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It’s 2022, festivals are in full flow and live tours are back. It’s so nice to type, considering that two years ago I was starting to wonder whether we’d ever be able to experience it again. I think most people will agree that live music just presents something so special to all of us.
I think the main thing for me, and one thing we really missed during lockdown, is that connection you feel with an artist when you go and see them perform. It doesn’t matter whether you’re in a crowd of one hundred of one hundred thousand when you go and watch someone live you feel a deeper bond with that artist, as if you’re part of an exclusive club that can say that they’ve been there. Artists did do their best during COVID, mainly through social media, but it was just no replacement for the experience of a live show. It isn’t even just about the music either, it’s that engagement. I was watching a video recently of Harry Styles and some clips of him interacting with fans whilst on stage and I have to say he’s incredible at it. The fans turn up for the music but he makes them laugh, get’s them dancing and talks to them in such a way that makes you feels as if you were sat opposite him in a room. This is what we’ve missed out on. Whilst we were actually treated to increased amounts of new music during COVID it was just so easy to feel disconnected from our favourites, only experiencing them through our speakers and screens. Back in November last year I had the great pleasure of watching Seafret perform live in Bridlington, their home town, and it was so special. I’ve actually been lucky enough to interview Seafret for the magazine, which was huge being a fan, but I almost felt closer to them watching them live on stage and addressing the crowd I was part of than I did through our zoom interview with just the three of us. It’s not something that is easy to put into words but in that moment you just feel part of something.
Being part of something is for me another huge part of what makes it so special. The crowd. It seemed as if it may never happen again two years ago but I cannot express how much joy it gives me to see pictures of Glastonbury absolutely packed out. Sure being in a crowd isn’t always great, there’s fighting drunks, smelly strangers and the tall person who stands right in front of you (my apologies) but it doesn’t matter when the music plays. Similarly to how you feel a connection to the artist there’s also this great sensation of belonging within a crowd. Gathering with people who have a shared love of the music, enjoying something together and sharing an experience. There could be people sat a mile away on the other end but it doesn’t matter; there’s an indescribable synergy that just brings everyone completely together in those brief moments. The singing is what I enjoy the most. Can you just imagine for a moment if you were only allowed to attend live music shows on the premise that you weren’t allowed to sing along? I can’t, in fact I don’t want to because it's too horrid to conceive. I’m lucky to have seen a few artists live in my time and the best moment of every show without a doubt is towards the end when they bring out the big hits that everyone knows, and thousands of strangers join together as if a rehearsed choir to give a rendition. There’s just something so therapeutic about those moments, belting your heart out, expressing your emotions through the song and feeling a comforting sense of belonging. I remember going to a Help for Heroes concert in Twickenham stadium many years ago and a DJ warming up the crowd by playing ‘Hey Baby’. The iconic ‘Ooh, Aah’ in the song was simultaneously bellowed by around 70,000 people and hearing it echo around the stadium was something I’ll never forget. It’s not just the big shows or festivals though, it’s the pub gigs and open mic nights that have been just as needed. For small artists struggling to make it through COVID who are now able to reach an audience and promote their music, to the loyal fans who go to every show and lets not forget the A and R folks at record labels looking for the next sensation.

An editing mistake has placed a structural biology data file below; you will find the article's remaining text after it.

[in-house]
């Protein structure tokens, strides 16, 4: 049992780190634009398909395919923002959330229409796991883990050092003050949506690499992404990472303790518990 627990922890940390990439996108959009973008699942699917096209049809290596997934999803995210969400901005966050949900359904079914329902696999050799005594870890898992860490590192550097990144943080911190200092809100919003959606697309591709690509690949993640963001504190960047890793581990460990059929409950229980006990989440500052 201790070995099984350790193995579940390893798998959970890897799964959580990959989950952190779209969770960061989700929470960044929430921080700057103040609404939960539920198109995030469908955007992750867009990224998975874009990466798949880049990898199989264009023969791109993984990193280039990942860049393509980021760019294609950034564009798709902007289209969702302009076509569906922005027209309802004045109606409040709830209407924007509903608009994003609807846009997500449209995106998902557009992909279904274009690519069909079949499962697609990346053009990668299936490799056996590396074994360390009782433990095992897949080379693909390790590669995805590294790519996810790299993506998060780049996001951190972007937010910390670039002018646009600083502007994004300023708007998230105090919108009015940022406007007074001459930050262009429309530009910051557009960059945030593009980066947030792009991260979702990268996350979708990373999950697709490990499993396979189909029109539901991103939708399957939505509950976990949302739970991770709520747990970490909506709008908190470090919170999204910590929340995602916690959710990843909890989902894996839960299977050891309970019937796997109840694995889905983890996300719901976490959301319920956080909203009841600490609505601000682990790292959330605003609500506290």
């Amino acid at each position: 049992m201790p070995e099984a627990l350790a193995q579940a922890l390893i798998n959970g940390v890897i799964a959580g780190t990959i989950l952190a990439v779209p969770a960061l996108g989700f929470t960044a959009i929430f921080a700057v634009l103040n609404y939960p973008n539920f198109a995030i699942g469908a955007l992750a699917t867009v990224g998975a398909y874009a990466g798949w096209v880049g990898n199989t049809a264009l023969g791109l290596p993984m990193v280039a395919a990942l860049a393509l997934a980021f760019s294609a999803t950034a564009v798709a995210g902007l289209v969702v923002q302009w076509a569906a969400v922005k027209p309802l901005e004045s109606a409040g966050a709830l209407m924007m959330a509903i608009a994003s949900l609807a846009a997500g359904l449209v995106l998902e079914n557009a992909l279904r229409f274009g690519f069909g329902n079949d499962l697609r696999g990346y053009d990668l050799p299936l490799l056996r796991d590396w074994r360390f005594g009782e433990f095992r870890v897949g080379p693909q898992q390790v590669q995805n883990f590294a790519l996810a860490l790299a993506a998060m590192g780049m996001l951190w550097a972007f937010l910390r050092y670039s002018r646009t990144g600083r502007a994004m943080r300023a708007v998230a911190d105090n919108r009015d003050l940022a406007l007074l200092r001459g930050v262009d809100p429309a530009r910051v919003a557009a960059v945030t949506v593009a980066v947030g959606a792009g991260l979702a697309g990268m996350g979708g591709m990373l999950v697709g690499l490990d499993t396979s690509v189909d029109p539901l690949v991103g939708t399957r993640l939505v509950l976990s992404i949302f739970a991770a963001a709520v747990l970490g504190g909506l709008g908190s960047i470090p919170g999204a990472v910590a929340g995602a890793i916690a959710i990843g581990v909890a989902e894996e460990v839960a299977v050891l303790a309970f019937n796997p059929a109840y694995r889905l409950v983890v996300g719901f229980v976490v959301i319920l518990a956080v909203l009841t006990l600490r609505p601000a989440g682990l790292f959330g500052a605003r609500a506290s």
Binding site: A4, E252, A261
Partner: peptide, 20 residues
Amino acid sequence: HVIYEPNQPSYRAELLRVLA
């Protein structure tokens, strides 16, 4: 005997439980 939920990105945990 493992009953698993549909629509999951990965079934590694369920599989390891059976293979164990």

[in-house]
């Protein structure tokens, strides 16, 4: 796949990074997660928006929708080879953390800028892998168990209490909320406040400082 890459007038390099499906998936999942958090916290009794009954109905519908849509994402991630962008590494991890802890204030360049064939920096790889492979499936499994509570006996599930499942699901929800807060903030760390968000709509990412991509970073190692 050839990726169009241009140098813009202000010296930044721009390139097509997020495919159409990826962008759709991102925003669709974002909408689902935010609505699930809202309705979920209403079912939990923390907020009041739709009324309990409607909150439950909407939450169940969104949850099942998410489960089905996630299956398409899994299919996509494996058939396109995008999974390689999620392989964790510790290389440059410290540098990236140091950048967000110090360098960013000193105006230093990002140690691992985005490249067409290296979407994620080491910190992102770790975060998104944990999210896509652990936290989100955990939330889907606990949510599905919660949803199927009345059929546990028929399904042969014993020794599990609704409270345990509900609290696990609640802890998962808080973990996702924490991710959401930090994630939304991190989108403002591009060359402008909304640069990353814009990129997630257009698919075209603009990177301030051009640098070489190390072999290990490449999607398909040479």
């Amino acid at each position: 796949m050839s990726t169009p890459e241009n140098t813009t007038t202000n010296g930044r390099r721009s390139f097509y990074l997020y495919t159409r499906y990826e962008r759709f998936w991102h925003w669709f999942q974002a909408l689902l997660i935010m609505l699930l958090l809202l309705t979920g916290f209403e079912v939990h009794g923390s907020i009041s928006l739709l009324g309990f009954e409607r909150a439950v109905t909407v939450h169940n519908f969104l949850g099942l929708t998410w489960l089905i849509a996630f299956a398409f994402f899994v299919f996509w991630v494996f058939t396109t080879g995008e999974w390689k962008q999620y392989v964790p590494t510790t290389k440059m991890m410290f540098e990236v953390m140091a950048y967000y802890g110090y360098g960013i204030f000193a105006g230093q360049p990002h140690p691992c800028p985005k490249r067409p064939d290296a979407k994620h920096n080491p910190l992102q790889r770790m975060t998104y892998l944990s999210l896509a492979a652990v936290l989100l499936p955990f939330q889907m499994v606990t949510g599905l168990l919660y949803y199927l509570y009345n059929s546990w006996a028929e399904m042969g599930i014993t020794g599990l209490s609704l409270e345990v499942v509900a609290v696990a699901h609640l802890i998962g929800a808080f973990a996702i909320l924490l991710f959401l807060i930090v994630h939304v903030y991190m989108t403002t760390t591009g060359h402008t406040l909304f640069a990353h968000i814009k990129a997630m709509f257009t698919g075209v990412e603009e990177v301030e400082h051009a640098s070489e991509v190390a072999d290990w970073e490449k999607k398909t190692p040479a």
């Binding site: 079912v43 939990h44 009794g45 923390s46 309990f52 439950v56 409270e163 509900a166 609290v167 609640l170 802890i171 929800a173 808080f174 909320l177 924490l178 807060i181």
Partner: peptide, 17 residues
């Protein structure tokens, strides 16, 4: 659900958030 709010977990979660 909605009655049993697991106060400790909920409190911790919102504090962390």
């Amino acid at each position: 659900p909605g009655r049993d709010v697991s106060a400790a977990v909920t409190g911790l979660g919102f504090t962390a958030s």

Live music these days is becoming too much of a promotional tool for me. 300 years ago the dynamic was entirely different; you would attend live shows, operas and concerts to hear your favourite music and you may even buy some sheet music to try and replicate it on your own at home. These days the recorded music is king, after all album sales, streams and downloads are worth more cash than getting on stage. Live tours come about as a way to get everyone on Spotify listening to the album, but it just feels like it should be the other way around. As you all know I love to hark on about that old gem; ‘authenticity’. Allan Moore split authenticity in music down into three key elements: 1st Person authenticity relating to how the music and performance pulls from the artists own experiences, 2nd Person authenticity in which a performer “succeeds in conveying the impression of accurately representing the ideas of another, embedded within a tradition of performance”, and finally 3rd Person authenticity for when an artist is able to relate to those in the audience. Although I often joke about authenticity being this snobby buzz word that no one actually knows fully what it is, I think it's something that we all feel and no more so than in the midst of a great live performance. Moore’s three key elements all relate to expression and performance; how the artist feels, how they convey the emotions of the song and how the audience can relate to the artist’s expression. Note the key word audience, because this kind of thing doesn’t tend to happen over Spotify. Those true moments of magic happen live.
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